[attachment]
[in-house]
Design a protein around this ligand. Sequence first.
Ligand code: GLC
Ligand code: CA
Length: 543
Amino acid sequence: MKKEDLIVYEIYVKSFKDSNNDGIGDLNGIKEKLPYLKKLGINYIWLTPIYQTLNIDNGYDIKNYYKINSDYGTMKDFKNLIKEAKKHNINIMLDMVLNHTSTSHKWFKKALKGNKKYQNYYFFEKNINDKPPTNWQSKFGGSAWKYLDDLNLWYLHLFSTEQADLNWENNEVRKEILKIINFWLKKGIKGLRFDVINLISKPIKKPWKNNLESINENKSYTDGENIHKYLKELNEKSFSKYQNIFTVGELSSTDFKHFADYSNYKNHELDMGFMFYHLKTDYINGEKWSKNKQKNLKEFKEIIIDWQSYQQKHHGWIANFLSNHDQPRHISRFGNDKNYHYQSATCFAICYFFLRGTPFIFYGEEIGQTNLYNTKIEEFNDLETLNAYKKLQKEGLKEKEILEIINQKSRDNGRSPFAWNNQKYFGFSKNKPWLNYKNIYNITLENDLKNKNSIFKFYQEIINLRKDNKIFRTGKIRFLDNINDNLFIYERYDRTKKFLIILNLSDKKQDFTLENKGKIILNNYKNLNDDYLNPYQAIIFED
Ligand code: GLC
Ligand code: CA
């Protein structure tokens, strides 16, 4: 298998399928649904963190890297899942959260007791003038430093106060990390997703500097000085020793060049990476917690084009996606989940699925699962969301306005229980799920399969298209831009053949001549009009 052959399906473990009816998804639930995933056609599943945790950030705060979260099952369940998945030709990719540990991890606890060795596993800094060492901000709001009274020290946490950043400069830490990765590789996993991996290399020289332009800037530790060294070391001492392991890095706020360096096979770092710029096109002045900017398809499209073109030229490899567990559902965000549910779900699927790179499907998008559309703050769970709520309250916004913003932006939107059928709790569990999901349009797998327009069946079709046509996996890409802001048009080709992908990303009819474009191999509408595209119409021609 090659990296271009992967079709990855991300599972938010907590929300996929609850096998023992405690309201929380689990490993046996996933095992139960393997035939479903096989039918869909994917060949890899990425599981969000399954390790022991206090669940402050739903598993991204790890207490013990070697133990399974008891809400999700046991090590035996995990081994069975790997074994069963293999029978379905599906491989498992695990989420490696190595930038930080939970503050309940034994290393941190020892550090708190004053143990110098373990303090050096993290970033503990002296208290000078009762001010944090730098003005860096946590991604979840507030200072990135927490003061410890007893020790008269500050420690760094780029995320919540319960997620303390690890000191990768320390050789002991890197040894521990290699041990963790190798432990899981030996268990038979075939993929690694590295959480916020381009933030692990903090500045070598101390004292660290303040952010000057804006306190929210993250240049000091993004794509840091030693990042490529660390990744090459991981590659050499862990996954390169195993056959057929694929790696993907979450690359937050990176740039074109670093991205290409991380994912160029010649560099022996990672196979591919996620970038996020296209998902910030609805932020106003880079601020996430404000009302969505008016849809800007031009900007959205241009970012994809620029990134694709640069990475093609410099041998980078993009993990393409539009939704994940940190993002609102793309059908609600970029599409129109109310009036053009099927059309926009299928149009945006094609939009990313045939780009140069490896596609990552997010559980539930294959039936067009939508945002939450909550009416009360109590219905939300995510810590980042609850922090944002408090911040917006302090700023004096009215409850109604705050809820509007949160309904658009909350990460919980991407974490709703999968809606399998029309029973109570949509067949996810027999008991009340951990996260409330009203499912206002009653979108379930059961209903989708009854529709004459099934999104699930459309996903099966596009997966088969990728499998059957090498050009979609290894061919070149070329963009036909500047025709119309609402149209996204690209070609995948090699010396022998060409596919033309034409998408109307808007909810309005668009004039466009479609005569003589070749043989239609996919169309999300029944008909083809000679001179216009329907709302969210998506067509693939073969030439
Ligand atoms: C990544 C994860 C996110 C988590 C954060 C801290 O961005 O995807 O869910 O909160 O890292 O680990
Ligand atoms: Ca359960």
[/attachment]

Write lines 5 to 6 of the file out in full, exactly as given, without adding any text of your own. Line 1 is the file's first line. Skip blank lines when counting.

Length: 543
Amino acid sequence: MKKEDLIVYEIYVKSFKDSNNDGIGDLNGIKEKLPYLKKLGINYIWLTPIYQTLNIDNGYDIKNYYKINSDYGTMKDFKNLIKEAKKHNINIMLDMVLNHTSTSHKWFKKALKGNKKYQNYYFFEKNINDKPPTNWQSKFGGSAWKYLDDLNLWYLHLFSTEQADLNWENNEVRKEILKIINFWLKKGIKGLRFDVINLISKPIKKPWKNNLESINENKSYTDGENIHKYLKELNEKSFSKYQNIFTVGELSSTDFKHFADYSNYKNHELDMGFMFYHLKTDYINGEKWSKNKQKNLKEFKEIIIDWQSYQQKHHGWIANFLSNHDQPRHISRFGNDKNYHYQSATCFAICYFFLRGTPFIFYGEEIGQTNLYNTKIEEFNDLETLNAYKKLQKEGLKEKEILEIINQKSRDNGRSPFAWNNQKYFGFSKNKPWLNYKNIYNITLENDLKNKNSIFKFYQEIINLRKDNKIFRTGKIRFLDNINDNLFIYERYDRTKKFLIILNLSDKKQDFTLENKGKIILNNYKNLNDDYLNPYQAIIFED